Each summer when I was a boy, there was nothing I looked forward to more than spending a couple of weeks with my grandparents. They lived in what today is called "old Florida," and their house was at the end of a short dirt road, shaded by several fine oak trees. The Spanish moss hung so low from those great, old oaks that even a small boy could jump up and tug the long gray beards.
And then there was the river. My brother and I slept on the back screened porch where, just a few yards from the porch steps, the Alafia River ran toward Tampa Bay. At night we could hear all the river sounds, punctuated now and then by the rolling hum of long-distance 18-wheelers as the big trucks passed over the Highway 301 bridge just downstream. We fished in the river with cane poles, searched for arrowheads along its banks, skipped stones on its surface. It was just exactly what a 12-year-old boy would have dreamed of.
Yet more than all of this, what I remember most is the affection of my grandfather for the two boys who were his grandsons. The last time I saw my grandfather I was 15 or 16. One evening I went to his room to say goodnight. Our family were all Methodists, and every night before he fell asleep, Grandpa would read his Bible. Of course I knew it was the Bible in his hands that evening, but I asked him what he was reading anyhow, just to make conversation. He looked at me and said, "Son, can I ask you to do something for me?" I nodded.
Grandpa went on, "If there's just one thing I could have you do, it would be to make some time each day to read the Bible." I said, "Sure." But I didn't really feel a conviction about it. And I certainly didn't know this would be the last summer I would see my grandfather. He passed away the next year.
To be honest, I didn't keep my promise right away. The teenage years pulled me in different directions. But by the time I was in my early 20s, the Bible actually had become a part of my daily devotionals. You see, a friend had introduced me to Christian Science, and an important aspect of following this Science of Christianity includes regular Bible study along with "Science and Health with Key to the Scriptures" by Mary Baker Eddy.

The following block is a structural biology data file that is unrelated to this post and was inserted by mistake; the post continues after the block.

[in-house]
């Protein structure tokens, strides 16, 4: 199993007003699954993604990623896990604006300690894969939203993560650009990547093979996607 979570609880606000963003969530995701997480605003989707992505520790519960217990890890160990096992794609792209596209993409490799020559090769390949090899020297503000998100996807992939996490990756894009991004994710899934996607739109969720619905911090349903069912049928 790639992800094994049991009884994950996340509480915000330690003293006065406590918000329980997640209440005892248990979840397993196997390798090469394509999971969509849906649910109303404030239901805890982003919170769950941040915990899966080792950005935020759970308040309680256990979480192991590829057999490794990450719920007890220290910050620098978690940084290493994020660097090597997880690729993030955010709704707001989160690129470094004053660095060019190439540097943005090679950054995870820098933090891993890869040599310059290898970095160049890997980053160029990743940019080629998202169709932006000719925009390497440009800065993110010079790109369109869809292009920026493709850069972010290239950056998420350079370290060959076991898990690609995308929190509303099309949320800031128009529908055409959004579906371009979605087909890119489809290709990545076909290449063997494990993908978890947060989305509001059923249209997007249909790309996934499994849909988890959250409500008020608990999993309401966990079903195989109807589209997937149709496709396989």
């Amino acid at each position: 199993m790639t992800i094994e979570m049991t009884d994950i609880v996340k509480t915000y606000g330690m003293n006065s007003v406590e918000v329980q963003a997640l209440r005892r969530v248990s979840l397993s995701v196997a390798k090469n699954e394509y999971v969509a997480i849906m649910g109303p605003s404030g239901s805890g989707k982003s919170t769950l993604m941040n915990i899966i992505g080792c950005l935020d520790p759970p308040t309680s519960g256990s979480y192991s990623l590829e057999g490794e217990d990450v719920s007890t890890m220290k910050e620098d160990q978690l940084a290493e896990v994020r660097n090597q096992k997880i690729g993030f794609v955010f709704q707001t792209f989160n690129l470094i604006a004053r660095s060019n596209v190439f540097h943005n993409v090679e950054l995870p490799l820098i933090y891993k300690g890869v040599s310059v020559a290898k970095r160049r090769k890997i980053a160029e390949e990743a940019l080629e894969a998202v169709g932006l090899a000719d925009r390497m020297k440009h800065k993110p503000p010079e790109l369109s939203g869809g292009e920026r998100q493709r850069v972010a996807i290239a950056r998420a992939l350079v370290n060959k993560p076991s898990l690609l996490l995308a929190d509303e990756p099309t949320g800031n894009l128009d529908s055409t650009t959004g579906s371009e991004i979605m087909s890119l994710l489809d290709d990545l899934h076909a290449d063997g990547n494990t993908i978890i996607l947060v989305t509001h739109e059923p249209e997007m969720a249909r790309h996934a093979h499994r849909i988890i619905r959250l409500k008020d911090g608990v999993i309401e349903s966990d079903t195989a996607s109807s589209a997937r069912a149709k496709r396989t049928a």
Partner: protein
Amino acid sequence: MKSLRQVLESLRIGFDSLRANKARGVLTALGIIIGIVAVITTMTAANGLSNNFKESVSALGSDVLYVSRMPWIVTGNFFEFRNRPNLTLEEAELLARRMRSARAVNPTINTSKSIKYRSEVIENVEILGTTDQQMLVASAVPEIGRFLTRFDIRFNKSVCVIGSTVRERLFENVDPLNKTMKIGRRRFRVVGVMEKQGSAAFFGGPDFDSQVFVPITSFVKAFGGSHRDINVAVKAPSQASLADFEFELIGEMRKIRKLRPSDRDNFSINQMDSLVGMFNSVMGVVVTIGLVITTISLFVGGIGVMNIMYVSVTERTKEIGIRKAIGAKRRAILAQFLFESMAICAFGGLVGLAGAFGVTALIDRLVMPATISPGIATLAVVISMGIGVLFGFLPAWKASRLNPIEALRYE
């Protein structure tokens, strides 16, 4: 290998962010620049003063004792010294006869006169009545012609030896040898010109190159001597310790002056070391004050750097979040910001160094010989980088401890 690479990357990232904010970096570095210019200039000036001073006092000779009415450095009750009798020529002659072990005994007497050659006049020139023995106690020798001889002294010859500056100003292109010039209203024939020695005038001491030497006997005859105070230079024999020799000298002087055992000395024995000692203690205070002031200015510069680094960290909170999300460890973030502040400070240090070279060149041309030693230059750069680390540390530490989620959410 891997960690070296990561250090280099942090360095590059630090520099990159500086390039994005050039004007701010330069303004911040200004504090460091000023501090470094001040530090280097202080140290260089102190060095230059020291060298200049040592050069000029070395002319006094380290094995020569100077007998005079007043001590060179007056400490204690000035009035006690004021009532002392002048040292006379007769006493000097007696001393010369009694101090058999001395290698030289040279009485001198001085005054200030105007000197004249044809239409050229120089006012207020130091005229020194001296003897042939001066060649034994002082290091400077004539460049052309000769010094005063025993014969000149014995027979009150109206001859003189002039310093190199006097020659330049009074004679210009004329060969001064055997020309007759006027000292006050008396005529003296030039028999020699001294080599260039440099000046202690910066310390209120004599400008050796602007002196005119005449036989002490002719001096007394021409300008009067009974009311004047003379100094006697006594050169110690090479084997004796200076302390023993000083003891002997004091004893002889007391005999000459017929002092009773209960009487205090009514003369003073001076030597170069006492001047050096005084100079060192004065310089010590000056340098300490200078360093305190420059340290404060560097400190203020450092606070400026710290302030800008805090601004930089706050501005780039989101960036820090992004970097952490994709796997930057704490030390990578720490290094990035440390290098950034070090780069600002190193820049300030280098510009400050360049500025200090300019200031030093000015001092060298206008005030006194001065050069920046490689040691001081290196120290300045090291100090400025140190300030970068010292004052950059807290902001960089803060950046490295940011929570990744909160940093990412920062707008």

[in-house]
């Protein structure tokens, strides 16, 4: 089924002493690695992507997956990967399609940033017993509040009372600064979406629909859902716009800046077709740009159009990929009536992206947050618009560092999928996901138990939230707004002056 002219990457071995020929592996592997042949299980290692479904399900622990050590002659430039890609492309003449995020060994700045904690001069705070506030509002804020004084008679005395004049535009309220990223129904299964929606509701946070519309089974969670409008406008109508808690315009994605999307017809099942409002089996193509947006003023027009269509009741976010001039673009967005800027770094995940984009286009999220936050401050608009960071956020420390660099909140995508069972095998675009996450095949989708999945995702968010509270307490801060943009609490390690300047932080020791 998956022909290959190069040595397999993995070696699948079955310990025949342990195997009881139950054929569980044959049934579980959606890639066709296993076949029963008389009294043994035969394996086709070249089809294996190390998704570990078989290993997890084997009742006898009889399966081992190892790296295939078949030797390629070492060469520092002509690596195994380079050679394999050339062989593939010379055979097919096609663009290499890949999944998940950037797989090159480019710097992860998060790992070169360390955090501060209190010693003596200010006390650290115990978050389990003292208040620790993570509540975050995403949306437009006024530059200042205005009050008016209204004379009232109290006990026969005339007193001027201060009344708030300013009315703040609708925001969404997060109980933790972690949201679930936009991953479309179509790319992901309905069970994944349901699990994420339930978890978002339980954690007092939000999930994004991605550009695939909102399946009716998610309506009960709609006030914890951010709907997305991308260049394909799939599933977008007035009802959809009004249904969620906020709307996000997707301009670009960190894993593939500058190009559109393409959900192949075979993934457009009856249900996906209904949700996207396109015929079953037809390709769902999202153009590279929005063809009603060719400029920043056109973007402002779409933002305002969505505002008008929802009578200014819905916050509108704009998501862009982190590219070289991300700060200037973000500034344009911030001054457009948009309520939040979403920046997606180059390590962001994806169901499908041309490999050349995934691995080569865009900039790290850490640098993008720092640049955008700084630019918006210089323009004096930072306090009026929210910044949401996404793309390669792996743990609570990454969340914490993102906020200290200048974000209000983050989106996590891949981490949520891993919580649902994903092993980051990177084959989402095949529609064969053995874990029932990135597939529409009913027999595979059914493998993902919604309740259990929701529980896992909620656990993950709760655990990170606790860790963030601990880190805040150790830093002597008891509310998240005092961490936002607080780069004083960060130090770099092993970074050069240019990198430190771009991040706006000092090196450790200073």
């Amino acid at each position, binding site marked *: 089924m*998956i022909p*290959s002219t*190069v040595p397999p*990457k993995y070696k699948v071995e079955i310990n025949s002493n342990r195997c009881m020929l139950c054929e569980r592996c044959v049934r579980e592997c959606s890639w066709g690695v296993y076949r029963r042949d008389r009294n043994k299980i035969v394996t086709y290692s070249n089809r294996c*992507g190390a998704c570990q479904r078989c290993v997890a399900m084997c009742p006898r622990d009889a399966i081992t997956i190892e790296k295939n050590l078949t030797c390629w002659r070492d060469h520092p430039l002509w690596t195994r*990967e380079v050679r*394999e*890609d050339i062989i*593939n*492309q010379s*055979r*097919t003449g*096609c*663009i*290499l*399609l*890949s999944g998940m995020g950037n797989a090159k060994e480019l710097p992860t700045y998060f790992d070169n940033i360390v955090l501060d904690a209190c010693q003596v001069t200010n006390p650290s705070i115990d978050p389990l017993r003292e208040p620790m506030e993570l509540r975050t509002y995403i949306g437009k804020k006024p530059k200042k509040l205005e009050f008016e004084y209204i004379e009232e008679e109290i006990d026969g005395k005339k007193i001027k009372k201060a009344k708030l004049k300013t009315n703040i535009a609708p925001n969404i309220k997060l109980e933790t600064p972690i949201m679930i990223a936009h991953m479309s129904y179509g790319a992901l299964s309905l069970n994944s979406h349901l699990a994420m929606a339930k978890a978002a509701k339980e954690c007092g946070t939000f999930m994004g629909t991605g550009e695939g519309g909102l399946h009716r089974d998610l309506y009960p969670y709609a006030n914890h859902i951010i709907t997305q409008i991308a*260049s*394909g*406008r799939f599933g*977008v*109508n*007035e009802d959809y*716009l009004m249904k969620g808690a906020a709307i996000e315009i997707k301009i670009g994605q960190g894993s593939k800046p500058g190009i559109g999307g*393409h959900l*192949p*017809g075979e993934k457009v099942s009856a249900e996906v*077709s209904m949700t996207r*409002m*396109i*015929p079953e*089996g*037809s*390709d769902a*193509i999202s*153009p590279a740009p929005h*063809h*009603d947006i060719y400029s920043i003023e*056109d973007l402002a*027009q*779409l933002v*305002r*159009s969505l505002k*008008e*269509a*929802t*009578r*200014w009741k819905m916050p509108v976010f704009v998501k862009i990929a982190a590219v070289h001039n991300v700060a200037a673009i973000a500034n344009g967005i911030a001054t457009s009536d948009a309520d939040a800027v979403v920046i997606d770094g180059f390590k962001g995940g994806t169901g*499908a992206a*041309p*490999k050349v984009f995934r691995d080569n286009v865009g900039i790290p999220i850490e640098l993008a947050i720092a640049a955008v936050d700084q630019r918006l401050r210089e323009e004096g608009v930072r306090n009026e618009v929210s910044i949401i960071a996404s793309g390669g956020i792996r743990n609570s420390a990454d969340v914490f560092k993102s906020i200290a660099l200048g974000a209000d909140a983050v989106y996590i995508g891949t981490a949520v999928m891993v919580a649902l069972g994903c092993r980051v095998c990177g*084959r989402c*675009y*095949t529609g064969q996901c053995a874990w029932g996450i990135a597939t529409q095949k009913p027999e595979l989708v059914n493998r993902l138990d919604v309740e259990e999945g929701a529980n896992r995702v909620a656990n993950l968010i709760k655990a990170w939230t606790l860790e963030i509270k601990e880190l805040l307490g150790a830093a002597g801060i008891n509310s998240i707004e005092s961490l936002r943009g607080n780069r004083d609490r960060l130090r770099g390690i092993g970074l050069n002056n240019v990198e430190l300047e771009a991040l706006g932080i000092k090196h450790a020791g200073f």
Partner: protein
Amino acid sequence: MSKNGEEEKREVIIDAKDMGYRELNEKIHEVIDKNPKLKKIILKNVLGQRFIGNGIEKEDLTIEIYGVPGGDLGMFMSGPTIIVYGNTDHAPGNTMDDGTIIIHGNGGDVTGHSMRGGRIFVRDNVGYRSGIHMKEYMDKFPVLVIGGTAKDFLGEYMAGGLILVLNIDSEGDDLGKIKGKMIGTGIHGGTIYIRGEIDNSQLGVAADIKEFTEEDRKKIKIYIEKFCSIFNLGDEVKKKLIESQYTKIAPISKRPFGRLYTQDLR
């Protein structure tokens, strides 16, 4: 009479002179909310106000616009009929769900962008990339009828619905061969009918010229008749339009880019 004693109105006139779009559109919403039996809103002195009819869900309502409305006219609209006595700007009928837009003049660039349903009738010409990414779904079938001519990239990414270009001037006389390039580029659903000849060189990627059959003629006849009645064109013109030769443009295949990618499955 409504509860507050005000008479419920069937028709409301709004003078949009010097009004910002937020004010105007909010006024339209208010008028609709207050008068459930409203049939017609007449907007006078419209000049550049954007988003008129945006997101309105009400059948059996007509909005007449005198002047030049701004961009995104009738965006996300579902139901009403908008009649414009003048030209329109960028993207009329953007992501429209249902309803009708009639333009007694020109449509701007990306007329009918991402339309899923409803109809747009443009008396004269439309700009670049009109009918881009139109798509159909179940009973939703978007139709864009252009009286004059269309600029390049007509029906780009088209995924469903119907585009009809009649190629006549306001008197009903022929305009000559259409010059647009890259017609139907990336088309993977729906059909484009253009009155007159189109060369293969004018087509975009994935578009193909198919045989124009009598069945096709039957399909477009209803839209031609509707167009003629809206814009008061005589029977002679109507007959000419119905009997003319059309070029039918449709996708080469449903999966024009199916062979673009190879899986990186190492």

As I became interested in Christian Science, I loved how it illuminated the spiritual significance of Bible verses. "Science and Health" became vital to me, revealing the depth and substance of Jesus' teachings, opening up the inspired meaning of Old Testament passages, demonstrating the healing power of New Testament narratives. The Bible was being unlocked. It was no longer a dusty collection of antiquated morality tales. It was the living Word, an entirely practical guide to contemporary life, and a constant source of spiritual renewal.
Here's one of my favorite Bible verses. It's in the words of Jesus: "Come unto me, all ye that labour and are heavy laden, and I will give you rest" (Matt. 11:28). The Bible itself does that for me. It gives me rest. No matter how difficult life might be, I find peace and comfort in the inspired message of God to His children. I have a friend who sometimes laughs out loud when he reads the Bible - such joy!
It was many years after my grandfather had made a special request of his teenage grandson when I realized that my promise was being kept. I still have the first arrowhead I found on my grandfather's place along the Alafia River. And I still read the Bible.
All scripture is given
by inspiration of God, and
is profitable for doctrine,
for reproof, for correction,
for instruction in righteousness:
That the man of God may be perfect, throughly furnished
unto all good works.
II Timothy 3:16-17